7 Shortcuts For Major Money Hassles

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Hassle-free means less stress


One: Ace Your Retirement

By the time you’re 65, you’ll need to have socked away about $25 for every dollar you expect to withdraw annually. That means that throughout your working life you must save. And save. And save. Oh, and don’t forget picking investments and managing your portfolio year in, year out. With one simple act, you can take care of all of that work.

The Easy Way: Buy a target-retirement fund in your 401(k)

A 401(k) is nothing if not easy: Contributions come out of your paycheck before you can spend them. You don’t owe taxes on the money you invest, and earnings grow tax-deferred. Sign up and aim to save 10% to 15% of your salary (including the company match).

Target-retirement funds, which are becoming one of the most popular 401(k) choices, are the ultimate in hands-off investing. You simply pick a fund with a date that matches the year you plan to retire – 2010, 2020, 2030 – and you get a completely diversified mix of stocks and bonds that’s appropriate for you. This no-brainer fund automatically shifts stock assets into bonds each year, becoming more conservative as you age.

A target retirement fund is a case in which simpler is better. Sure, you can come up with a smart allocation and pick top funds, but 401(k) investors often do a lousy job at that. What these funds give you is a disciplined plan, the key to retirement success.

Two: Invest (Almost) Like a Pro

You can put your investing strategy on autopilot with a target retirement fund. But perhaps you want to manage your portfolio. All it takes is a few hours a year with this two-step plan.

Step 1: Pick a mix

First, decide how you’ll divvy up your money between stocks and bonds. You can use online tools to fine-tune a mix for your age and appetite for risk. But the easy way to decide how much you should devote to stocks is to subtract your age from 120. So if you’re 40, put 80% of your long-term savings in stocks and 20% in bonds. If nothing else, this simple rule of thumb ensures that you’ll own an ample amount of stock when you’re young and can take more risk. Every year, subtract your age from 120 again and adjust the mix as needed.

Step 2: Buy index funds

For an investment that doesn’t require constant vigilance, the clear choice is an index fund. With a single fund, you can own virtually the entire stock or bond market.

No index fund will ever top the charts, but history suggests that over the long run they’ll earn a better than average return. You can build a perfectly adequate portfolio with just two funds: a total stock market index fund and a total bond market index fund.

Three: Cruise into College

Want to make college savings easy? A piece of cake. Use a state 529 savings plan. No need to select stocks, bonds, or funds on your own and then deftly manage the money until your child enters school. Just pick a single age-based fund in a 529, and your work is pretty much done. This fund of funds will shift gradually from stocks to bonds as your kid nears school. Relax about taxes too. In a 529, earnings are tax-free as long as the money is used for college costs such as tuition or room and board. You don’t need to remember to save either. Most 529s let you set up an automatic investment plan. The only decision is which 529 to choose.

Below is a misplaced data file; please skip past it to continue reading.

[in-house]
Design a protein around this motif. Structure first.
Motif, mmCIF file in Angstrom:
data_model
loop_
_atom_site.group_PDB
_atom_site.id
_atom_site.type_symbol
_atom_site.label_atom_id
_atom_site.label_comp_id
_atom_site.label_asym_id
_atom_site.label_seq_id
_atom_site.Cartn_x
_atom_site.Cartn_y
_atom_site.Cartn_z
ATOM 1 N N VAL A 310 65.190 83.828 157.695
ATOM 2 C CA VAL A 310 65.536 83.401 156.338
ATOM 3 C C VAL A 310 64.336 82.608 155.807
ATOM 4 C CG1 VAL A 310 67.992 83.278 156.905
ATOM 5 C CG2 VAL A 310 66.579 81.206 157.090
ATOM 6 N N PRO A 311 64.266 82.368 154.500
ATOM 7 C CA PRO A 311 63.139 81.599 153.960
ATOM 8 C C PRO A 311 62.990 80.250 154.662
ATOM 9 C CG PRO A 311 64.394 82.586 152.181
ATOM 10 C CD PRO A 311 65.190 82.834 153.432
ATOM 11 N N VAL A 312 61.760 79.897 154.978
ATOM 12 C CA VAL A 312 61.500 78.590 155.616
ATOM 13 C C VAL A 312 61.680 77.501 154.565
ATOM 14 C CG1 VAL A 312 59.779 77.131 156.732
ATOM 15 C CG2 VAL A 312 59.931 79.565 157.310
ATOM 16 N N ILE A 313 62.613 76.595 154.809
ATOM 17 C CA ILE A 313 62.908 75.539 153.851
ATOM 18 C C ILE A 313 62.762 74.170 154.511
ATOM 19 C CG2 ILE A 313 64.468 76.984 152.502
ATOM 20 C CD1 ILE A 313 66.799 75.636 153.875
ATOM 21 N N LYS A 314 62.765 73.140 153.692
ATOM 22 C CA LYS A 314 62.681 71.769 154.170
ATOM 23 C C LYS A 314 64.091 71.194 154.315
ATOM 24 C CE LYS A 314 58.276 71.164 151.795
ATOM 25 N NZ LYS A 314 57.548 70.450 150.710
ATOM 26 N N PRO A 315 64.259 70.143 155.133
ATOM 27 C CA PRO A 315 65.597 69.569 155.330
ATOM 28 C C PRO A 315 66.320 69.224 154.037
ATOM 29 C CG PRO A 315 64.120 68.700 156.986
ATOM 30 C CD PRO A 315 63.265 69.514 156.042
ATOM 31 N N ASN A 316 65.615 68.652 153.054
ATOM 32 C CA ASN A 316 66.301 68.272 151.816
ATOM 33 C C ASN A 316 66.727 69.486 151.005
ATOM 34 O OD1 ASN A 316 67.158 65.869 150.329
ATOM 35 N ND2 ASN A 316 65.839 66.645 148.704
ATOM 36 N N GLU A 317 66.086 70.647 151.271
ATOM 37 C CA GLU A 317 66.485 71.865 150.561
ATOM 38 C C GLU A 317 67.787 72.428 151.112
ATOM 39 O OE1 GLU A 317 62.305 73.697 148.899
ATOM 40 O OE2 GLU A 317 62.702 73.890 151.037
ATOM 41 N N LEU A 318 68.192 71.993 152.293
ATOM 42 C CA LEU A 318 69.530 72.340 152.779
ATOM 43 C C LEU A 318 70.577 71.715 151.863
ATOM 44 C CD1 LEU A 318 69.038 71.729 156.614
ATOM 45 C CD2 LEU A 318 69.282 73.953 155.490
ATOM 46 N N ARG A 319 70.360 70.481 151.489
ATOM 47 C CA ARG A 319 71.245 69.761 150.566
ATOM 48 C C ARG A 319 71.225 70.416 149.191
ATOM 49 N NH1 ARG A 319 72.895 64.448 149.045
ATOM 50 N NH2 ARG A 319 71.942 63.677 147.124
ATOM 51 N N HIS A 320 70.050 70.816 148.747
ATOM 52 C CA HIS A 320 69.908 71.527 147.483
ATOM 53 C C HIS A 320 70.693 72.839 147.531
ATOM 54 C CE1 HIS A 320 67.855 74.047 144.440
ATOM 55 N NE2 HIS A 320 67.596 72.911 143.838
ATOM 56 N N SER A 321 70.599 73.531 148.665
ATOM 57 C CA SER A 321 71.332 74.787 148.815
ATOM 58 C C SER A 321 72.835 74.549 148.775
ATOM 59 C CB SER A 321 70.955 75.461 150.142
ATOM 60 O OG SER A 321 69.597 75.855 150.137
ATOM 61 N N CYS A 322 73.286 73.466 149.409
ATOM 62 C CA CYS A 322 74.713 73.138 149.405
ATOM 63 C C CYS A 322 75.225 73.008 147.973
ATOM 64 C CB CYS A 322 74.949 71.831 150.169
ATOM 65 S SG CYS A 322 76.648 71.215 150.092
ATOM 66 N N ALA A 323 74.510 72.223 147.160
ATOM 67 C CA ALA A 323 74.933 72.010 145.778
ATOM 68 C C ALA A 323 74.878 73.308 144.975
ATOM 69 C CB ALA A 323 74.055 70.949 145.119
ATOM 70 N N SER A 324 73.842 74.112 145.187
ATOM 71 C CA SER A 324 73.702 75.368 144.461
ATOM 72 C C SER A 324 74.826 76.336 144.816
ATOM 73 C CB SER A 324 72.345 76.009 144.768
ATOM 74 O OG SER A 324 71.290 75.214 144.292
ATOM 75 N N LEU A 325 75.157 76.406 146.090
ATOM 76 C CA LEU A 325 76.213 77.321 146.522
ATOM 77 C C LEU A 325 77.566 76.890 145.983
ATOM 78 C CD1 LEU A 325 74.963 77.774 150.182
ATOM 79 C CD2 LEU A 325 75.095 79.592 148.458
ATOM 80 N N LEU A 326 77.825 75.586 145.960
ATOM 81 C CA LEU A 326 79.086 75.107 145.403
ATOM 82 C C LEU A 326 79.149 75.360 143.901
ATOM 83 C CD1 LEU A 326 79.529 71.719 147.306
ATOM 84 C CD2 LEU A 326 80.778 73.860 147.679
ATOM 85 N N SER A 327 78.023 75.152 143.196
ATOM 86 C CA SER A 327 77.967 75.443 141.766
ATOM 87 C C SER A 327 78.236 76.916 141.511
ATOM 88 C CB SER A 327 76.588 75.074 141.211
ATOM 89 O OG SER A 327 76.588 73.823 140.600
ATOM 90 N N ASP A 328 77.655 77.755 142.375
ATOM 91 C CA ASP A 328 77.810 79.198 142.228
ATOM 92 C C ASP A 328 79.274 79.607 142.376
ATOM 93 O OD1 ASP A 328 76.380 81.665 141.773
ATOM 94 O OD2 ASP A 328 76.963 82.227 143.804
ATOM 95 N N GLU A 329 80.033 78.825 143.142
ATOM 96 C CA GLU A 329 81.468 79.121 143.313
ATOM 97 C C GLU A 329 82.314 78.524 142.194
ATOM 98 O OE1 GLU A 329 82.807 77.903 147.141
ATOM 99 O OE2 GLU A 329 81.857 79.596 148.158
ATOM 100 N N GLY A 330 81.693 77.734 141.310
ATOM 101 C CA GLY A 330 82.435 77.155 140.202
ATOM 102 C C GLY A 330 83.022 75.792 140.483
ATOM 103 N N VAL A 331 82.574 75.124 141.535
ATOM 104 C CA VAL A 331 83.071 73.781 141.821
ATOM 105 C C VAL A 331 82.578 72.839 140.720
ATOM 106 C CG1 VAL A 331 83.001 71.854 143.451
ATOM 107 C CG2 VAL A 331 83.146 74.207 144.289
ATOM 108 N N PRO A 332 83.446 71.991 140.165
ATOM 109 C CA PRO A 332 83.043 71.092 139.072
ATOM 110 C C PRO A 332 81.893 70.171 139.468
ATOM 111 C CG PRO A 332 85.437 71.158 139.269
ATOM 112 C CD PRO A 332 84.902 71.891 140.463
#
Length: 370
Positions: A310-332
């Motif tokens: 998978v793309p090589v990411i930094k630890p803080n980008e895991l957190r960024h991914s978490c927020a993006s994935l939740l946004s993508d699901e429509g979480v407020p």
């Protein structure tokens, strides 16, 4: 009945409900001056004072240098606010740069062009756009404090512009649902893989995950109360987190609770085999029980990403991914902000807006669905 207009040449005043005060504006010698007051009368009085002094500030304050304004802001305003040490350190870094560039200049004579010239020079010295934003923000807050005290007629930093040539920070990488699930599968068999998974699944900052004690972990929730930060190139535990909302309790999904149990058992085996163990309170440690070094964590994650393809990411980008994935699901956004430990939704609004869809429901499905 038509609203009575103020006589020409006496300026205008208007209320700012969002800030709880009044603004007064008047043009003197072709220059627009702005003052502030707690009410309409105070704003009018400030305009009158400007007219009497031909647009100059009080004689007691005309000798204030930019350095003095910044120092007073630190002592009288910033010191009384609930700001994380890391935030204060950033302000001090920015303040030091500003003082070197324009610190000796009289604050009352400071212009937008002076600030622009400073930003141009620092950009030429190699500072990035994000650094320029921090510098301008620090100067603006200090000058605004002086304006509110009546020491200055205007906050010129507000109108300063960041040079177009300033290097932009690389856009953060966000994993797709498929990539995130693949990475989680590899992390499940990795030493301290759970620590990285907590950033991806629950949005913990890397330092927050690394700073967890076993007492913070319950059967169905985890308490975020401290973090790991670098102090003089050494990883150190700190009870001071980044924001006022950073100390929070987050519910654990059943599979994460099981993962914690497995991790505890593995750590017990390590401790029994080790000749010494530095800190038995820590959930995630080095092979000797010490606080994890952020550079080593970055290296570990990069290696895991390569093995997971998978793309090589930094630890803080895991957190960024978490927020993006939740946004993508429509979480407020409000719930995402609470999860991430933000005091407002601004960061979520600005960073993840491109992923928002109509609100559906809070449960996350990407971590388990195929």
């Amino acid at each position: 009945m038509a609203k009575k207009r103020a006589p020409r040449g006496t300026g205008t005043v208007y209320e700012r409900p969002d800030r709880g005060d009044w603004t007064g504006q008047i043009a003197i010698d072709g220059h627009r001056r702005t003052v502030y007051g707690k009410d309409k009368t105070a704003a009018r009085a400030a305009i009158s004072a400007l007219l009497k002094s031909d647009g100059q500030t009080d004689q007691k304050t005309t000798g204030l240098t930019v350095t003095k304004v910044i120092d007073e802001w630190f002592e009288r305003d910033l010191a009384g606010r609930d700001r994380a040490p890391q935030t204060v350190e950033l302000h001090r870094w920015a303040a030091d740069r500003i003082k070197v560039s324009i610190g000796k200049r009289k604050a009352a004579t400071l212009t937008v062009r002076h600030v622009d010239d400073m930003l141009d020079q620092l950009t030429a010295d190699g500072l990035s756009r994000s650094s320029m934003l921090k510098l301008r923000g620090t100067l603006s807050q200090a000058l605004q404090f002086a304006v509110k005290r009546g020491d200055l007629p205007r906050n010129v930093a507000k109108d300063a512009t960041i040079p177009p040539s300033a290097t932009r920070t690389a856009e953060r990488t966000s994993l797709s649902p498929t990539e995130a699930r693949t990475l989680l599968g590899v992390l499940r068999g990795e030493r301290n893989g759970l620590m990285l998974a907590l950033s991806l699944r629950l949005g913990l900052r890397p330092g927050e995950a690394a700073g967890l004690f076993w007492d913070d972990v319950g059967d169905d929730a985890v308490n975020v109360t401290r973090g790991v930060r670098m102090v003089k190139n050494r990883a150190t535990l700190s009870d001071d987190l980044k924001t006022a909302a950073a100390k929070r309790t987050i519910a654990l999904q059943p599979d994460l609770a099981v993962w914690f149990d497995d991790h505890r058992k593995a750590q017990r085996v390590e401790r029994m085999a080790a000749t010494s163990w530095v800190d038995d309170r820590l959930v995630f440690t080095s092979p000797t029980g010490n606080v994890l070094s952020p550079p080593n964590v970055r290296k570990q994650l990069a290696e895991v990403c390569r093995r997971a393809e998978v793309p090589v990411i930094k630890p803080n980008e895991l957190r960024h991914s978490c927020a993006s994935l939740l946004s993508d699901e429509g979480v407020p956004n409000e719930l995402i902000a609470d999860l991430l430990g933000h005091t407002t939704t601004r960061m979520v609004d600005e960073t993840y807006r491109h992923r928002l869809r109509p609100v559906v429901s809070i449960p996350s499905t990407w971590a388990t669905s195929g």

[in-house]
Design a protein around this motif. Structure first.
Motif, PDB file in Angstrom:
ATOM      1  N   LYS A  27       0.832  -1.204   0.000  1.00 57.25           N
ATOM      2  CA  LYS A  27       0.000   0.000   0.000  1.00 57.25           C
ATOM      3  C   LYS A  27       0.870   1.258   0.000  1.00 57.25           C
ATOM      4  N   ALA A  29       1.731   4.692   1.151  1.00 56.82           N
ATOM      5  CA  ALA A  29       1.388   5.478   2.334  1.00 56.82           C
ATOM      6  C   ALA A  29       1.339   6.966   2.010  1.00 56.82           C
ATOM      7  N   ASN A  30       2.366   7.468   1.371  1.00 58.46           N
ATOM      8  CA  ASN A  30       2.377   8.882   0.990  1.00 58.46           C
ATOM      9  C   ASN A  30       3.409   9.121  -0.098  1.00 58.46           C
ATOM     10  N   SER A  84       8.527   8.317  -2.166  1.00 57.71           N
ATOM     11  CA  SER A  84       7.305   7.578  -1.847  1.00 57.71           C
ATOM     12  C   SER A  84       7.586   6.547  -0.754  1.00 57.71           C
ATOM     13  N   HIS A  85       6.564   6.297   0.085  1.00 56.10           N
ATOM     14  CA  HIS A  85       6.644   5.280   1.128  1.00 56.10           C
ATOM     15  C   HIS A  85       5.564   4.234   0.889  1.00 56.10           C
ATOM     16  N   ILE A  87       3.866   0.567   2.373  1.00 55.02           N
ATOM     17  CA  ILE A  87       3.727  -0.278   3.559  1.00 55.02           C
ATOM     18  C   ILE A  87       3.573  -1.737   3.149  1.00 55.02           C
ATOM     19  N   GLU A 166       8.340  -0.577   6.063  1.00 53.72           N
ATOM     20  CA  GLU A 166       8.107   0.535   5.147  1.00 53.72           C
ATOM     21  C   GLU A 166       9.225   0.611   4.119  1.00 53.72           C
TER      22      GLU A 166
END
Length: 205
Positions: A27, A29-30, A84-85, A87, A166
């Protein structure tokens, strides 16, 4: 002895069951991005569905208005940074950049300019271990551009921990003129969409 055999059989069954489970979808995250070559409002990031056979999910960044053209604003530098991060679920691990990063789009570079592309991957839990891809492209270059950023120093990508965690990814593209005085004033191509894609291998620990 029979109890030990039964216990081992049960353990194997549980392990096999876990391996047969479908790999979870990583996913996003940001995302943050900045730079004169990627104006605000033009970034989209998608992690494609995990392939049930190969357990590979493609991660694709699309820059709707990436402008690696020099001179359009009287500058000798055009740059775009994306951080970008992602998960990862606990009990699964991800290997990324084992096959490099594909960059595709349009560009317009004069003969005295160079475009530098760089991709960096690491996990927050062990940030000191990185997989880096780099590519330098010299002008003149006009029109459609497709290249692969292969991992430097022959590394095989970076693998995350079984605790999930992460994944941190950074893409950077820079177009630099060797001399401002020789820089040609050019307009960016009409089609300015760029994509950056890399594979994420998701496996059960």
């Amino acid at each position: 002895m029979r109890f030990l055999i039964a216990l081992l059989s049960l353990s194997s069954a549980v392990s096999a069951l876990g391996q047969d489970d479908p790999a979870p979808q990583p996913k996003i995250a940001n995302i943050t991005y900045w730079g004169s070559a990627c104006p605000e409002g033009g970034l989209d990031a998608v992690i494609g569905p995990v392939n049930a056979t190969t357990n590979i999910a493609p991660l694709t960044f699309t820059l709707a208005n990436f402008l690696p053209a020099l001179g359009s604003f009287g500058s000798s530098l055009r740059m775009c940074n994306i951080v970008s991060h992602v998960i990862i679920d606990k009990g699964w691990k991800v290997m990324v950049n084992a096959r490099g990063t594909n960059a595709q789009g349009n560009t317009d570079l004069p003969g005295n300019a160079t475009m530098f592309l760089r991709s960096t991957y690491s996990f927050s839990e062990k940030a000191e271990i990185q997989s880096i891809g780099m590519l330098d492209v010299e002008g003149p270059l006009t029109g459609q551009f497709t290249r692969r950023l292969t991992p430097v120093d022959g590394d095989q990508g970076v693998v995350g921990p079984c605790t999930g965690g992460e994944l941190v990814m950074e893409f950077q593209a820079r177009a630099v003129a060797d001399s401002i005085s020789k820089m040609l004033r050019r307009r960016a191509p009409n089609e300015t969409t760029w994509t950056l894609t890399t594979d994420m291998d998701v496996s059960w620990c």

The Utah plan

If you don’t have the time or inclination to sort through 529s, go straight to the Utah Educational Savings Plan (800-418-2551; uesp.org). With its selection of Vanguard index funds, it gives you age-based choices at rock-bottom prices. You’ll have to select one of five different stock and bond allocations. If in doubt, stick with option two. One drawback: You may be giving up valuable state tax breaks.

Research your state plan

In 28 states, you’re entitled to a tax deduction or credit for money you put into your local 529. For your state’s tax breaks and plan options, visit Savingforcollege.com. Stay with your state plan if you earn a generous tax break, you don’t have to pay a sales charge to invest, and the plan’s annual expenses are no more than 1% a year. If not, Utah’s 529 remains your best bet.

Four: Disaster-Proof Your Family

Life throws you a curveball sometimes: cutbacks on the job, a roof that needs to be replaced. You can’t completely insulate yourself from such shocks, but three straightforward steps will protect you against 90% of the problems.

Build an emergency fund

Put aside at least three months’ worth of living expenses in cash so you can get through a rough patch without having to borrow or dip into retirement savings (make that six months if your family relies on one wage earner).

Buy life insurance

With insurance, the simplest choice is also the best. In almost every case, term insurance gives you the biggest death benefit for your premium. All you need to decide is how much and for how long. Buy life insurance equal to five to 10 times your annual salary. The more children you have, the more debt you carry and the longer your family will need help (until your kids are out of college, say), the closer you should be to the top end of that range. You can lock in your payment for 10 to 30 years, but for most new insurance buyers 20 years is about right.